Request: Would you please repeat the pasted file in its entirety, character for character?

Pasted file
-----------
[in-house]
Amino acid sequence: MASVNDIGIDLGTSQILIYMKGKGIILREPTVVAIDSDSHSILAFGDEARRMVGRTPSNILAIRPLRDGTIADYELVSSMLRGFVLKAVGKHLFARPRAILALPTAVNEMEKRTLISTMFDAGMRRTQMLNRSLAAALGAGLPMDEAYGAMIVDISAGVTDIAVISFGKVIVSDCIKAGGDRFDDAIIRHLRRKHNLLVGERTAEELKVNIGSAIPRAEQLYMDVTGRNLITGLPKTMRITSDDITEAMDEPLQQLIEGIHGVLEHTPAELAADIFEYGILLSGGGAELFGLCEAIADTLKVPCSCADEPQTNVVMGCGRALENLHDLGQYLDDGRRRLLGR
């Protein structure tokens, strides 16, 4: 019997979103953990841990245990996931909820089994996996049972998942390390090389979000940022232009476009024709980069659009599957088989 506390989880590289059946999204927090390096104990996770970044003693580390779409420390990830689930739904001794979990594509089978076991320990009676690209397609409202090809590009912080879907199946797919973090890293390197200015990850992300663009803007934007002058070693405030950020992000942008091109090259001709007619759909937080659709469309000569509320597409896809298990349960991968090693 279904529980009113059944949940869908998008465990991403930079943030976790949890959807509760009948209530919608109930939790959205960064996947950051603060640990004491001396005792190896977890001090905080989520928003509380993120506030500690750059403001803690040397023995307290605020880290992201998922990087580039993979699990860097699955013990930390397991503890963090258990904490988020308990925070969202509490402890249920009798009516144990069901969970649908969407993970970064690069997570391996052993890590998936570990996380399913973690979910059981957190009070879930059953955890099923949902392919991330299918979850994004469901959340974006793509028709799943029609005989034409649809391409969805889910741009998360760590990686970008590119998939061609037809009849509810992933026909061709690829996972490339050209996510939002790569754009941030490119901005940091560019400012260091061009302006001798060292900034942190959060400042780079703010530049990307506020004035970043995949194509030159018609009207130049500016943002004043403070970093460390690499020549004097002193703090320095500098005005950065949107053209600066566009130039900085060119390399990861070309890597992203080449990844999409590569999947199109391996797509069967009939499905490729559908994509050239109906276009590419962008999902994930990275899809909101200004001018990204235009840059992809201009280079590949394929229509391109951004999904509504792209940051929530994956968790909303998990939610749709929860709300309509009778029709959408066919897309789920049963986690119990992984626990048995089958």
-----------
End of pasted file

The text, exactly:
[in-house]
Amino acid sequence: MASVNDIGIDLGTSQILIYMKGKGIILREPTVVAIDSDSHSILAFGDEARRMVGRTPSNILAIRPLRDGTIADYELVSSMLRGFVLKAVGKHLFARPRAILALPTAVNEMEKRTLISTMFDAGMRRTQMLNRSLAAALGAGLPMDEAYGAMIVDISAGVTDIAVISFGKVIVSDCIKAGGDRFDDAIIRHLRRKHNLLVGERTAEELKVNIGSAIPRAEQLYMDVTGRNLITGLPKTMRITSDDITEAMDEPLQQLIEGIHGVLEHTPAELAADIFEYGILLSGGGAELFGLCEAIADTLKVPCSCADEPQTNVVMGCGRALENLHDLGQYLDDGRRRLLGR
């Protein structure tokens, strides 16, 4: 019997979103953990841990245990996931909820089994996996049972998942390390090389979000940022232009476009024709980069659009599957088989 506390989880590289059946999204927090390096104990996770970044003693580390779409420390990830689930739904001794979990594509089978076991320990009676690209397609409202090809590009912080879907199946797919973090890293390197200015990850992300663009803007934007002058070693405030950020992000942008091109090259001709007619759909937080659709469309000569509320597409896809298990349960991968090693 279904529980009113059944949940869908998008465990991403930079943030976790949890959807509760009948209530919608109930939790959205960064996947950051603060640990004491001396005792190896977890001090905080989520928003509380993120506030500690750059403001803690040397023995307290605020880290992201998922990087580039993979699990860097699955013990930390397991503890963090258990904490988020308990925070969202509490402890249920009798009516144990069901969970649908969407993970970064690069997570391996052993890590998936570990996380399913973690979910059981957190009070879930059953955890099923949902392919991330299918979850994004469901959340974006793509028709799943029609005989034409649809391409969805889910741009998360760590990686970008590119998939061609037809009849509810992933026909061709690829996972490339050209996510939002790569754009941030490119901005940091560019400012260091061009302006001798060292900034942190959060400042780079703010530049990307506020004035970043995949194509030159018609009207130049500016943002004043403070970093460390690499020549004097002193703090320095500098005005950065949107053209600066566009130039900085060119390399990861070309890597992203080449990844999409590569999947199109391996797509069967009939499905490729559908994509050239109906276009590419962008999902994930990275899809909101200004001018990204235009840059992809201009280079590949394929229509391109951004999904509504792209940051929530994956968790909303998990939610749709929860709300309509009778029709959408066919897309789920049963986690119990992984626990048995089958």